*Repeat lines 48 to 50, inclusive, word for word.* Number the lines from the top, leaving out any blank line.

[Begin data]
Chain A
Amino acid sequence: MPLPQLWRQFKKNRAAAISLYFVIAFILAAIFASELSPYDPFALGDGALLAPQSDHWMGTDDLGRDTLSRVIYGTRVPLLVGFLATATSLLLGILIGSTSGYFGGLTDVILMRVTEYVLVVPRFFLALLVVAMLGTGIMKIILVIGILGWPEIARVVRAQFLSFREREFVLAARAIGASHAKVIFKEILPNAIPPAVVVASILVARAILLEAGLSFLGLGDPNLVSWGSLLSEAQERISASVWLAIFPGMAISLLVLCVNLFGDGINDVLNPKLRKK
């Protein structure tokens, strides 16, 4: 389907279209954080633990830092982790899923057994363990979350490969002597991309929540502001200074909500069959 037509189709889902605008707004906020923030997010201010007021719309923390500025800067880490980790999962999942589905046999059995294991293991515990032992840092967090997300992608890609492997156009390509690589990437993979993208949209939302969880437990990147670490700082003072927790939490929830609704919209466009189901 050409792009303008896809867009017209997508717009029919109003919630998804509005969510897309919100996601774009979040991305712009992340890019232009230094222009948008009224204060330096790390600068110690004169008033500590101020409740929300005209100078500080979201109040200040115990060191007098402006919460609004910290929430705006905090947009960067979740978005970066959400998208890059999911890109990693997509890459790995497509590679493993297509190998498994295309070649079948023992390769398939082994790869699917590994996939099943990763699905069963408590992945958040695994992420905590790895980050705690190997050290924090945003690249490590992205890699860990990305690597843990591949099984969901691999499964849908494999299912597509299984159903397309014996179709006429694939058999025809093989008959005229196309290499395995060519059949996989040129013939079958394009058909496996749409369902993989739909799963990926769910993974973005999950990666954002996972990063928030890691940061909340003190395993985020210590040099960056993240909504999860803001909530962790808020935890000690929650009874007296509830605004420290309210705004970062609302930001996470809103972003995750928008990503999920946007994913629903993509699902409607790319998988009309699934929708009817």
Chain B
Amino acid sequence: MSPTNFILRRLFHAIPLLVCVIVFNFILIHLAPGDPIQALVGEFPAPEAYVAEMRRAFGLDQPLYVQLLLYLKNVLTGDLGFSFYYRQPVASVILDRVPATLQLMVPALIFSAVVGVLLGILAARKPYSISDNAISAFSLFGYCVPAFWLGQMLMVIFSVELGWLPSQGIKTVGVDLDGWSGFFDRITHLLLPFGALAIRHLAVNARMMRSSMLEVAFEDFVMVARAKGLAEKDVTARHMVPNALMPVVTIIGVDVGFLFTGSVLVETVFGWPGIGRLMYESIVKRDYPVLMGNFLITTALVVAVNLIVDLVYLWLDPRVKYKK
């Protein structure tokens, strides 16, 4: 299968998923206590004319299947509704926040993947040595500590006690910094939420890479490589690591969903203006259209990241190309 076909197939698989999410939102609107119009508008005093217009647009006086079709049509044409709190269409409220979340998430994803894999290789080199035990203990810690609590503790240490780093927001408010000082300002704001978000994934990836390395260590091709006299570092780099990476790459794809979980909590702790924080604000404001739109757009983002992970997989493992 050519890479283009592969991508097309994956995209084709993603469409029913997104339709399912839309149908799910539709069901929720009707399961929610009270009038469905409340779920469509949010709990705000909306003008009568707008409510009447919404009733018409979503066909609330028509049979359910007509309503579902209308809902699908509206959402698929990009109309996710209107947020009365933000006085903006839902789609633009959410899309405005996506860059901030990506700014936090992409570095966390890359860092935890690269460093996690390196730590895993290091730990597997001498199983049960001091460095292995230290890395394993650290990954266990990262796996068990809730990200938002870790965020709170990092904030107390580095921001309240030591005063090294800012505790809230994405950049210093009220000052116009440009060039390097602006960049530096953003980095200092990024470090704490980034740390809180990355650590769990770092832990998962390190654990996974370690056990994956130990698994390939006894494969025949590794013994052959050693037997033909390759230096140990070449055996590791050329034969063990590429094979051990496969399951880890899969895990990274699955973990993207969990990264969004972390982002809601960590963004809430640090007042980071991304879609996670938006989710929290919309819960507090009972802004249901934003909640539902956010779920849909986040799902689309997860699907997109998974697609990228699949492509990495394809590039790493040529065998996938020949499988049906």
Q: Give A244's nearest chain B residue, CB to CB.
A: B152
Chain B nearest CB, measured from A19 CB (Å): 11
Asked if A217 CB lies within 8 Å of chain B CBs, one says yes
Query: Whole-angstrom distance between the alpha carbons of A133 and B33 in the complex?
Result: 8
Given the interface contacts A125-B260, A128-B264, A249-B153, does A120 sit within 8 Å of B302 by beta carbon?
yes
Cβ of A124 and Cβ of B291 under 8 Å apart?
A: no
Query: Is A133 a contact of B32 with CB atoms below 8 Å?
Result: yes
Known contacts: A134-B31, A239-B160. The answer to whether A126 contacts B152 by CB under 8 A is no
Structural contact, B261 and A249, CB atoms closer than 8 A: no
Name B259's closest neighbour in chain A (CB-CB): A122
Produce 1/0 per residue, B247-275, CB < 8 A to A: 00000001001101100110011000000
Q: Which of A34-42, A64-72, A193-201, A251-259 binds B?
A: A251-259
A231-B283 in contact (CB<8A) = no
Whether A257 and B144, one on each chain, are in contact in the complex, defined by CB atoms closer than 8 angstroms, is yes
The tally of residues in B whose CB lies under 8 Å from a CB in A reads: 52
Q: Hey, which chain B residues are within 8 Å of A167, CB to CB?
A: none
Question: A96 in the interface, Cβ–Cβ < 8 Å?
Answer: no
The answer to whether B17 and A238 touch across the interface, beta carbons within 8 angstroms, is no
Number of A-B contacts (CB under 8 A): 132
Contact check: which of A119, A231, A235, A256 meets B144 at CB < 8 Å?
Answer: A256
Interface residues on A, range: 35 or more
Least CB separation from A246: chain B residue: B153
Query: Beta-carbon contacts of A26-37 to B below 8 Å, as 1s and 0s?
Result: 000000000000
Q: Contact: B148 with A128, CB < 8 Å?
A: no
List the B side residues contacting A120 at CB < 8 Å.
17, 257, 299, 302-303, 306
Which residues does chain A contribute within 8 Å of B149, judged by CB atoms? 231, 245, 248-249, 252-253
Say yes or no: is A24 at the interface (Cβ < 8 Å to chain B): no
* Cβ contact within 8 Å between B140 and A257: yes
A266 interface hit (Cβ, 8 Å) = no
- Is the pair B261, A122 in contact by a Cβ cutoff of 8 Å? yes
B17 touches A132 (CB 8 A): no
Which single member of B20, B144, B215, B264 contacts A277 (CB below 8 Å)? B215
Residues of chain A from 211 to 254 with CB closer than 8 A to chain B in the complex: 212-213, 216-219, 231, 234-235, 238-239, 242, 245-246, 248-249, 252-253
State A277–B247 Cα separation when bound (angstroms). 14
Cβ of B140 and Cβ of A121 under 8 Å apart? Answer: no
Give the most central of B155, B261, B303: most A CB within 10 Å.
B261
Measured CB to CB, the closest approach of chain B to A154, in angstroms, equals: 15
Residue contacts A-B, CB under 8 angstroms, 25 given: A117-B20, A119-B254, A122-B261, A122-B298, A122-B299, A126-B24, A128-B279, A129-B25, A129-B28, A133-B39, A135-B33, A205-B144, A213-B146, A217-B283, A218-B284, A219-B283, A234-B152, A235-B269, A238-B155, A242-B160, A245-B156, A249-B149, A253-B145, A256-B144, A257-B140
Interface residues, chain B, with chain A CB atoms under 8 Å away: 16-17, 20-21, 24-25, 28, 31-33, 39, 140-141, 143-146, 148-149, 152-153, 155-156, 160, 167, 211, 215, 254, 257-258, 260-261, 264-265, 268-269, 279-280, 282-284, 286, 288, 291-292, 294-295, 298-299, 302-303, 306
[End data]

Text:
- Is the pair B261, A122 in contact by a Cβ cutoff of 8 Å? yes
B17 touches A132 (CB 8 A): no
Which single member of B20, B144, B215, B264 contacts A277 (CB below 8 Å)? B215